We also have strong interests in the prehistoric and historic dimensions of kinship. We ask what historical linguistics can tell us about the forms of kinship, marriage and alliance that were practiced in past societies? How can archaeology use the evidence of households, houses, alliances, and exchange to explore the development of social inequalities, hierarchical polities, and urban societies? How can demography elucidate the historical study of particular communities and changing patterns of marriage, mortality, and fertility?
The University of Virginia is currently home to a large number of faculty and students within the College of Arts and Sciences, the Schools of Medicine and Nursing, the Batten School of Leadership and Public Policy, and the Architecture School who are using complex understandings of society and culture to answer questions related to the body, health, and disease. Anthropologists at UVa are engaged in a diverse array of research projects that demonstrate the imbrication of metaphor and materiality across the life span, both within and beyond the clinic. The strong sub-disciplinary integration of the department creates opportunities for novel collaborations in which theoretical and methodological tools from other sub-disciplines can be brought into relation with long standing problems in medical anthropology.
In our research and teaching we seek to address questions about the cultural shaping of ideas about health, illness, and healing: How do culture and history shape experiences of mental and physical health and substance use? How do medical and religious practices intersect to shape experiences of illness and healing?
In relation to this many of us are also interested in understanding how cultural understandings of the body, reproduction, health, and disease are used analogically in other social domains such as the economy, finance, or the nation. For example, how are metaphors of blood and circulation deployed in relation to finance? How do new reproductive technologies change our understandings of nature, culture, and kinship?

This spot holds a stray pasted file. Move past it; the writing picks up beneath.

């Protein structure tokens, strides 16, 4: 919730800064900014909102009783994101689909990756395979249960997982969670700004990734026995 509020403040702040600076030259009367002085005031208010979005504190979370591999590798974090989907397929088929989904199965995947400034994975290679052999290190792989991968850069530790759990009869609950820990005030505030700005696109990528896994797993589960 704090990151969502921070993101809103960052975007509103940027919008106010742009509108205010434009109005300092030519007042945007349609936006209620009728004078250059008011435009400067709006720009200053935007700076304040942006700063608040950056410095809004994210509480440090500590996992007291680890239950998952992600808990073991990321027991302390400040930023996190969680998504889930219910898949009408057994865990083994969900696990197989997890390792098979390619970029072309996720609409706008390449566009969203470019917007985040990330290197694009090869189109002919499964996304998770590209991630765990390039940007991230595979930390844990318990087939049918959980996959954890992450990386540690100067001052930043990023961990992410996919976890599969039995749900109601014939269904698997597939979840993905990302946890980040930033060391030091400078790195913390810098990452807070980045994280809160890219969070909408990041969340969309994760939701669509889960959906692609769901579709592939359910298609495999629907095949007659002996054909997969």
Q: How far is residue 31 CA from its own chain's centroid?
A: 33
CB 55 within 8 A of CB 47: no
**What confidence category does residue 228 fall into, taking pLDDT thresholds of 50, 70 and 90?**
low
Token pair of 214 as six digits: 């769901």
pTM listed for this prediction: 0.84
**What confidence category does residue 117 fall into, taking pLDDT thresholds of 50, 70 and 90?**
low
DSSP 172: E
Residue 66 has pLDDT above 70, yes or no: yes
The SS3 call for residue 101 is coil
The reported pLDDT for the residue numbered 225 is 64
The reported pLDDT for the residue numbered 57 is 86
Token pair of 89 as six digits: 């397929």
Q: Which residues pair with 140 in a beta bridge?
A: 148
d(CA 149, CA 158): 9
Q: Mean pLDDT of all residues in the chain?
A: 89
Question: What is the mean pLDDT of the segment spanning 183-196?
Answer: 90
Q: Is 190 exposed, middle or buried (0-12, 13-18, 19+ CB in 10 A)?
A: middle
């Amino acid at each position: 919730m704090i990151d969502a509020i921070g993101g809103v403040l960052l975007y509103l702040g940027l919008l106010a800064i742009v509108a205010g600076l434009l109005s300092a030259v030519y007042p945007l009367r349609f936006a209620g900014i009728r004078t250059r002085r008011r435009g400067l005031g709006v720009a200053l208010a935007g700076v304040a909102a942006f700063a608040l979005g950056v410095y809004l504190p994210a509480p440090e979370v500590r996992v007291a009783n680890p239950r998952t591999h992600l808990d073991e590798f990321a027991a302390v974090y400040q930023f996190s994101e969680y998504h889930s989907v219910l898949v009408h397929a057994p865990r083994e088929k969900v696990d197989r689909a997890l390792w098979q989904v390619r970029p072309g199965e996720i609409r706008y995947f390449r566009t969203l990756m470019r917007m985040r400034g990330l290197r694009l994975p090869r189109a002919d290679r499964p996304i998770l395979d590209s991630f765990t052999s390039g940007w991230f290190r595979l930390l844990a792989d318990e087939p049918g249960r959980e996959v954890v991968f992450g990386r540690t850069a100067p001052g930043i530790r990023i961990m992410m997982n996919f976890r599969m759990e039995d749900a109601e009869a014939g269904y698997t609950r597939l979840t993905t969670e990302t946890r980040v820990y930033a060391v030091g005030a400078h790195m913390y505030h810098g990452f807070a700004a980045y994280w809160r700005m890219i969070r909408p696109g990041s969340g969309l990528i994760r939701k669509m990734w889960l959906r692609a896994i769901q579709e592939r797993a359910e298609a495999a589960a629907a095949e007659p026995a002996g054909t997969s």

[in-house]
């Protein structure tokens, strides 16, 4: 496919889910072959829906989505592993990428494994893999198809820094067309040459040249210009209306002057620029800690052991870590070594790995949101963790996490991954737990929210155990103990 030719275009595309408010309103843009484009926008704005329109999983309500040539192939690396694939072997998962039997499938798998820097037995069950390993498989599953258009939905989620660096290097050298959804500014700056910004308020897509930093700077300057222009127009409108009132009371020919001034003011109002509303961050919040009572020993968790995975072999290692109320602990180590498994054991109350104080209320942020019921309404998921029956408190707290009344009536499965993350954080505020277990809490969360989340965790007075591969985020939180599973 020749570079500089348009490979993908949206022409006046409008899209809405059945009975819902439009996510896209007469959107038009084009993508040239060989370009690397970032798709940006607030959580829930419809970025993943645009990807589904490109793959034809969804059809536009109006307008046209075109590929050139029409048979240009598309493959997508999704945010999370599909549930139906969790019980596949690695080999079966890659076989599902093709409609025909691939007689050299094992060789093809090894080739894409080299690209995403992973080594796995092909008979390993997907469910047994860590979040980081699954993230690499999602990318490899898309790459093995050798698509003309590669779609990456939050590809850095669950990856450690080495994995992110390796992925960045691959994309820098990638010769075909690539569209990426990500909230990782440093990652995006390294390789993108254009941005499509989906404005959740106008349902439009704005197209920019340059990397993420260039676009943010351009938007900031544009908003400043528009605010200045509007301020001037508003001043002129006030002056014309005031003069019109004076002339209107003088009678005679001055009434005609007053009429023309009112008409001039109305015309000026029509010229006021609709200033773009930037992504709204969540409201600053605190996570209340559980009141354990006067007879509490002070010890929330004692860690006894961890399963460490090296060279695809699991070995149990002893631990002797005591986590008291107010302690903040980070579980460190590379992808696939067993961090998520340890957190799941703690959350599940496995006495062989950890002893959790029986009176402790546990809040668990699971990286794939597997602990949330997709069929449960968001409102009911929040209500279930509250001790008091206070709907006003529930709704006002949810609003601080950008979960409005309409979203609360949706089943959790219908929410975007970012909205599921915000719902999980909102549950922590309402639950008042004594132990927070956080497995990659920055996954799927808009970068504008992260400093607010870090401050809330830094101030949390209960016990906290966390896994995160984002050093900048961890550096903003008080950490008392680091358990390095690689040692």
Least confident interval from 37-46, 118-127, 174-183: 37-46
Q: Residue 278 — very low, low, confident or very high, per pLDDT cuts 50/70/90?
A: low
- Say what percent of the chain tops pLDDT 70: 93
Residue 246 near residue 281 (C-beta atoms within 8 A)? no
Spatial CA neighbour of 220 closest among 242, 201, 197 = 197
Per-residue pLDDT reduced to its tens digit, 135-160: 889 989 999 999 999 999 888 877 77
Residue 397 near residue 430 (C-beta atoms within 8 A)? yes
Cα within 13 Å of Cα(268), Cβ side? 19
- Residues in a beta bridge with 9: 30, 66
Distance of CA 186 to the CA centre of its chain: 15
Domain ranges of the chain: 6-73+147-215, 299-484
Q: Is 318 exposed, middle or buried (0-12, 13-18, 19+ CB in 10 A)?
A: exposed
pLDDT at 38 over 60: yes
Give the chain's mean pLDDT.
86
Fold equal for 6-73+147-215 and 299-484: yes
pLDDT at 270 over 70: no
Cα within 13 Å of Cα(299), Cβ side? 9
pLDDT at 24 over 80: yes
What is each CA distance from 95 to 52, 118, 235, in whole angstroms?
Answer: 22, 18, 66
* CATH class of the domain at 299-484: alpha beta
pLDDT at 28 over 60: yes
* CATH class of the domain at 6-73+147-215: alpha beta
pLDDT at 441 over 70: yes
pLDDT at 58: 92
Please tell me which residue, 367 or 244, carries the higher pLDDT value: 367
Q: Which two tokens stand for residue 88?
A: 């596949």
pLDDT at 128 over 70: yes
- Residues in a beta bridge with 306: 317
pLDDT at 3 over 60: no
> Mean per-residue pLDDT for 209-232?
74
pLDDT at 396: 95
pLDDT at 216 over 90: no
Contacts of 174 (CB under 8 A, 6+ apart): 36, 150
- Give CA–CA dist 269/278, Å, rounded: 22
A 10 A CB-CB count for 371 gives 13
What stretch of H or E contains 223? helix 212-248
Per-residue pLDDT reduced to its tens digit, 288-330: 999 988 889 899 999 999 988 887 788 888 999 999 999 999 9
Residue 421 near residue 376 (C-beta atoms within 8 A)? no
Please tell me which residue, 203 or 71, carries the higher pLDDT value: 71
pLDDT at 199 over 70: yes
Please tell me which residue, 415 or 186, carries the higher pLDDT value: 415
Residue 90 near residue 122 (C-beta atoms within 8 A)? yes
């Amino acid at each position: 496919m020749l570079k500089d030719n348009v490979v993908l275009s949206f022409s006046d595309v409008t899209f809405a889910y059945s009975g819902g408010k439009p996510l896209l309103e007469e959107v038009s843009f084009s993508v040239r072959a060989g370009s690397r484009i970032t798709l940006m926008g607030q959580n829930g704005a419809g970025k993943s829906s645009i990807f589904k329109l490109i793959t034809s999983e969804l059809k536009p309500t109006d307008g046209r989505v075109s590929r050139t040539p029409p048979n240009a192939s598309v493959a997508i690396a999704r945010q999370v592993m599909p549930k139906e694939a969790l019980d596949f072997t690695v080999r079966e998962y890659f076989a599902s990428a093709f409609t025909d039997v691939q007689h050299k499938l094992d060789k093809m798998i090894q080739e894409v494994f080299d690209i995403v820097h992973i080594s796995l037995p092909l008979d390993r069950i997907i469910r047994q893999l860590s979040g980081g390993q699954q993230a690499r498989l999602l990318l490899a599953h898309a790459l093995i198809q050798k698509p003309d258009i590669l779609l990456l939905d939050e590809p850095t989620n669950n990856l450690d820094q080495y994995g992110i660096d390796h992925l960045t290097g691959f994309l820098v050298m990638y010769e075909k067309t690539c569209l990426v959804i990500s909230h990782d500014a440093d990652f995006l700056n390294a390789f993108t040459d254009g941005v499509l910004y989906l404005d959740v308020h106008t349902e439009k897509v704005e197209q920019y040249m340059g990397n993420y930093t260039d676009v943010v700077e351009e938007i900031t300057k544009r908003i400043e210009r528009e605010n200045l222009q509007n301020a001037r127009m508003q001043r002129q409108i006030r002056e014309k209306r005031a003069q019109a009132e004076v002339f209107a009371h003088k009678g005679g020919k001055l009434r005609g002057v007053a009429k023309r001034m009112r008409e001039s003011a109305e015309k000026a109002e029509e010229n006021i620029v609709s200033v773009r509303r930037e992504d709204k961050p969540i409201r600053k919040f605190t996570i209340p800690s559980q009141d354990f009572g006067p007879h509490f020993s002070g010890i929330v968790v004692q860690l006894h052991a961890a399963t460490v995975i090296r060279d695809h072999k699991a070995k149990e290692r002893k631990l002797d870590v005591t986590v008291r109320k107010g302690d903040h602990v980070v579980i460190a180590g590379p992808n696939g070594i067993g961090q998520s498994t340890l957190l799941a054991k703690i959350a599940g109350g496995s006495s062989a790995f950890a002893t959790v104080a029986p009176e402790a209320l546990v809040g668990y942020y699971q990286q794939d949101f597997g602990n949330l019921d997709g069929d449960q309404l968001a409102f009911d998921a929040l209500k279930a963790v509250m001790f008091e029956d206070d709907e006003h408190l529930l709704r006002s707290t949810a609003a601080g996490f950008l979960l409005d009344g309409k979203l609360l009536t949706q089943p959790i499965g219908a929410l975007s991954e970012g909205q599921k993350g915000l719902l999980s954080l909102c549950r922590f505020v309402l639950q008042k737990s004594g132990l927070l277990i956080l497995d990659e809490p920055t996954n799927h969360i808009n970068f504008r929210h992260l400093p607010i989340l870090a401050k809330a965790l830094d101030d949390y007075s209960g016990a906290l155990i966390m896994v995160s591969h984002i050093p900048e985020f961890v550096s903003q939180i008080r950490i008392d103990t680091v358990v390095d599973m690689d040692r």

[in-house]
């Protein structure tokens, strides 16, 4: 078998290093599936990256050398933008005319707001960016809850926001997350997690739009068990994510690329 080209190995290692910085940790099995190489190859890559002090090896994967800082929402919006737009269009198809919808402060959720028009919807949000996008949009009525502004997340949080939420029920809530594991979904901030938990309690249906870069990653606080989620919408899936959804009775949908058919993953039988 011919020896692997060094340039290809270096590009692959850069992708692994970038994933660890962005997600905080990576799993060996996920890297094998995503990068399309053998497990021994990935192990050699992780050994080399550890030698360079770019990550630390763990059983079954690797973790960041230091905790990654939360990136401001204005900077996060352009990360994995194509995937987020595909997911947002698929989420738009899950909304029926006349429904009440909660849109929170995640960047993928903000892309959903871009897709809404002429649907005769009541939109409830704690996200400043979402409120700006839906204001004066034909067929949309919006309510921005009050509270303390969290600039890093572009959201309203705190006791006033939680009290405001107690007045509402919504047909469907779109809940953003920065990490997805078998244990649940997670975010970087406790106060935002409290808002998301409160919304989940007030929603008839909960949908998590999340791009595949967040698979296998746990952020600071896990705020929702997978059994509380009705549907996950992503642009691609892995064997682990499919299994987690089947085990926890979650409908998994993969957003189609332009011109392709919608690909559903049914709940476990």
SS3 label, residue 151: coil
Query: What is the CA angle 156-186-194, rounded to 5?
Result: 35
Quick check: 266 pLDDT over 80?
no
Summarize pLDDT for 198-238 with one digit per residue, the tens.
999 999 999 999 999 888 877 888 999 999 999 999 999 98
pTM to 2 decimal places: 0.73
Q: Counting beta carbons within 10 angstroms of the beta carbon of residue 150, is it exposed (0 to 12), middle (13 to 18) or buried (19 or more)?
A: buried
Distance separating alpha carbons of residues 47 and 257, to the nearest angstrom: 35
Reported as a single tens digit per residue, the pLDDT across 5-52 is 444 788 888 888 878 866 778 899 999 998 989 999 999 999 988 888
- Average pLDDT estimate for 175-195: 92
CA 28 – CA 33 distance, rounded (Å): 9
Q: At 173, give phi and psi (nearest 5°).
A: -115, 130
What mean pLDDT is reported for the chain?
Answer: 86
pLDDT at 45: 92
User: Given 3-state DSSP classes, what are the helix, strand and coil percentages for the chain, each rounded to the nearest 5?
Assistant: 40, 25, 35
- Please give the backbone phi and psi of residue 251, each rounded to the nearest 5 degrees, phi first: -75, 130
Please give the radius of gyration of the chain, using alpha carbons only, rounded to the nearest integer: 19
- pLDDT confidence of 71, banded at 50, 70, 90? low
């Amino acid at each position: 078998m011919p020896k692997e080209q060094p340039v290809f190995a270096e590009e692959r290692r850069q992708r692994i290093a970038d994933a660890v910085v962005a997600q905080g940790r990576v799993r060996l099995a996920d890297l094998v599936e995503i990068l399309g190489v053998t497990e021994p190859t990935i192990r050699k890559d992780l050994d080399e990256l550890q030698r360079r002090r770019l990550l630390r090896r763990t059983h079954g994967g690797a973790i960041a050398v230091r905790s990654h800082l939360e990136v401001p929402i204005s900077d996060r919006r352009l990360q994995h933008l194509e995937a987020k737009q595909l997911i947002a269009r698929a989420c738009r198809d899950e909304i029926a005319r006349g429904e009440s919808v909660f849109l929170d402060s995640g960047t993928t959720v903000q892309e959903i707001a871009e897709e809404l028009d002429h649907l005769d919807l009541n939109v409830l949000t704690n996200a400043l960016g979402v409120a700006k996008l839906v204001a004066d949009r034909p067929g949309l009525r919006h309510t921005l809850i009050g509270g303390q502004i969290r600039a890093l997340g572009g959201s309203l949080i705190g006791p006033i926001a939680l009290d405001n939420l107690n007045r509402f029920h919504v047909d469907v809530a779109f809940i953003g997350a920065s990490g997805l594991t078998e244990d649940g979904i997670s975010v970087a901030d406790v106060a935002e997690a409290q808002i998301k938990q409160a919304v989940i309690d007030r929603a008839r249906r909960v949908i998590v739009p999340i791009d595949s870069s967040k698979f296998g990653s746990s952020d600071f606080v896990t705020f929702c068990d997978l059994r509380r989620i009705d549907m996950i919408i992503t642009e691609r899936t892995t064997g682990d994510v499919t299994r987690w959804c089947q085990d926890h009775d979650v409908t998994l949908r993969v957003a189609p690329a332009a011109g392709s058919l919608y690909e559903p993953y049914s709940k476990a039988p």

At the root of many of our interests are efforts understand how culture and society are involved in producing health disparities on local and global scales. What are the cultural politics and histories that influence public health programs? What are the interrelationships between food, diet, the environment, and health?
Finally, these issues of equity are often linked to ethical questions exploring the historical and cultural contingency of the ethics that orient contemporary responses to illness and suffering. How have these different ethics of care emerged over time? What are their effects? What forms of ethical formation are involved in creating the subjects who participate in their reproduction?
Political Economy: Local Lives in a Global World
Anthropology at the University of Virginia is a center for research on the diversity of systems of production, consumption, and exchange around the world. Our faculty are known for studying both small and large scale regional systems. At the global level we focus on the fact that the experiences and perspectives of policy makers, corporate managers, and NGO leaders are in many ways as local as those of indigenous and local people who have traditionally been the subjects of anthropological investigation. Accordingly, Virginia Anthropology integrates ethnographic study with the advancement of theory to explore questions like: How are ideas about globalization and “the global” as a field of action inflected by specificities of culture, privilege, and local political economy in both elite and non-elite social worlds? How are powerful corporate actors such as business corporations, states, and NGOs actualized across different contexts and scales? A major focus is on how communication systems organize regional dynamics. So, how do virtual connections created by internet representations feed particular transformations of physical spaces in economic development and environmental conservation? What forms of kinship and social networks are emerging from and shaping contemporary transformations of local and global political economies? What forms of disconnection, exclusion, and inequality are co-emerging alongside regional and transnational flows and connections? In examining such questions, we attend to the situatedness of value, desire, and morality in particular contexts, as well as the deep history of regional and global interconnections and transformation. Studying global realities from these perspectives generates important questions and insights for an emerging ethics of globalization.